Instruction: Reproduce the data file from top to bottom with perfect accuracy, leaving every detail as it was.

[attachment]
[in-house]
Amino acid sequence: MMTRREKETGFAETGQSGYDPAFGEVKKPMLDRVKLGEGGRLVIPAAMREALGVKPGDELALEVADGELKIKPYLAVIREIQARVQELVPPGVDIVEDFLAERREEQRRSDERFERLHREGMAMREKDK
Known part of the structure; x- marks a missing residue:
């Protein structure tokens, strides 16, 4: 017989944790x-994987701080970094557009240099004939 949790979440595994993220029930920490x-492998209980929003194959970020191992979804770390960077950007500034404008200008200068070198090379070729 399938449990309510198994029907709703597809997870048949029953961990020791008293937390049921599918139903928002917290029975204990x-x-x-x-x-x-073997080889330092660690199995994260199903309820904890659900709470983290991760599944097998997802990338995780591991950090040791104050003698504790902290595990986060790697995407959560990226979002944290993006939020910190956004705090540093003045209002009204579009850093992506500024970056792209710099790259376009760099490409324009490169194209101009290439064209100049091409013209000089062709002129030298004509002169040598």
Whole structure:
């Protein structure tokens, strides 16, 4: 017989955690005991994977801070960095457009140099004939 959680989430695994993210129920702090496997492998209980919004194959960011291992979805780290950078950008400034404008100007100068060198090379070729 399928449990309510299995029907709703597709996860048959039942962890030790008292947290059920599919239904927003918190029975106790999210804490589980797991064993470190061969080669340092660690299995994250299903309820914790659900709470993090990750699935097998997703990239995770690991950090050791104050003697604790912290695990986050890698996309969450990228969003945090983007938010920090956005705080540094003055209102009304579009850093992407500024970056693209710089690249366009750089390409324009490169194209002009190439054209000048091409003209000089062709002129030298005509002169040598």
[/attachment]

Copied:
[in-house]
Amino acid sequence: MMTRREKETGFAETGQSGYDPAFGEVKKPMLDRVKLGEGGRLVIPAAMREALGVKPGDELALEVADGELKIKPYLAVIREIQARVQELVPPGVDIVEDFLAERREEQRRSDERFERLHREGMAMREKDK
Known part of the structure; x- marks a missing residue:
């Protein structure tokens, strides 16, 4: 017989944790x-994987701080970094557009240099004939 949790979440595994993220029930920490x-492998209980929003194959970020191992979804770390960077950007500034404008200008200068070198090379070729 399938449990309510198994029907709703597809997870048949029953961990020791008293937390049921599918139903928002917290029975204990x-x-x-x-x-x-073997080889330092660690199995994260199903309820904890659900709470983290991760599944097998997802990338995780591991950090040791104050003698504790902290595990986060790697995407959560990226979002944290993006939020910190956004705090540093003045209002009204579009850093992506500024970056792209710099790259376009760099490409324009490169194209101009290439064209100049091409013209000089062709002129030298004509002169040598």
Whole structure:
């Protein structure tokens, strides 16, 4: 017989955690005991994977801070960095457009140099004939 959680989430695994993210129920702090496997492998209980919004194959960011291992979805780290950078950008400034404008100007100068060198090379070729 399928449990309510299995029907709703597709996860048959039942962890030790008292947290059920599919239904927003918190029975106790999210804490589980797991064993470190061969080669340092660690299995994250299903309820914790659900709470993090990750699935097998997703990239995770690991950090050791104050003697604790912290695990986050890698996309969450990228969003945090983007938010920090956005705080540094003055209102009304579009850093992407500024970056693209710089690249366009750089390409324009490169194209002009190439054209000048091409003209000089062709002129030298005509002169040598």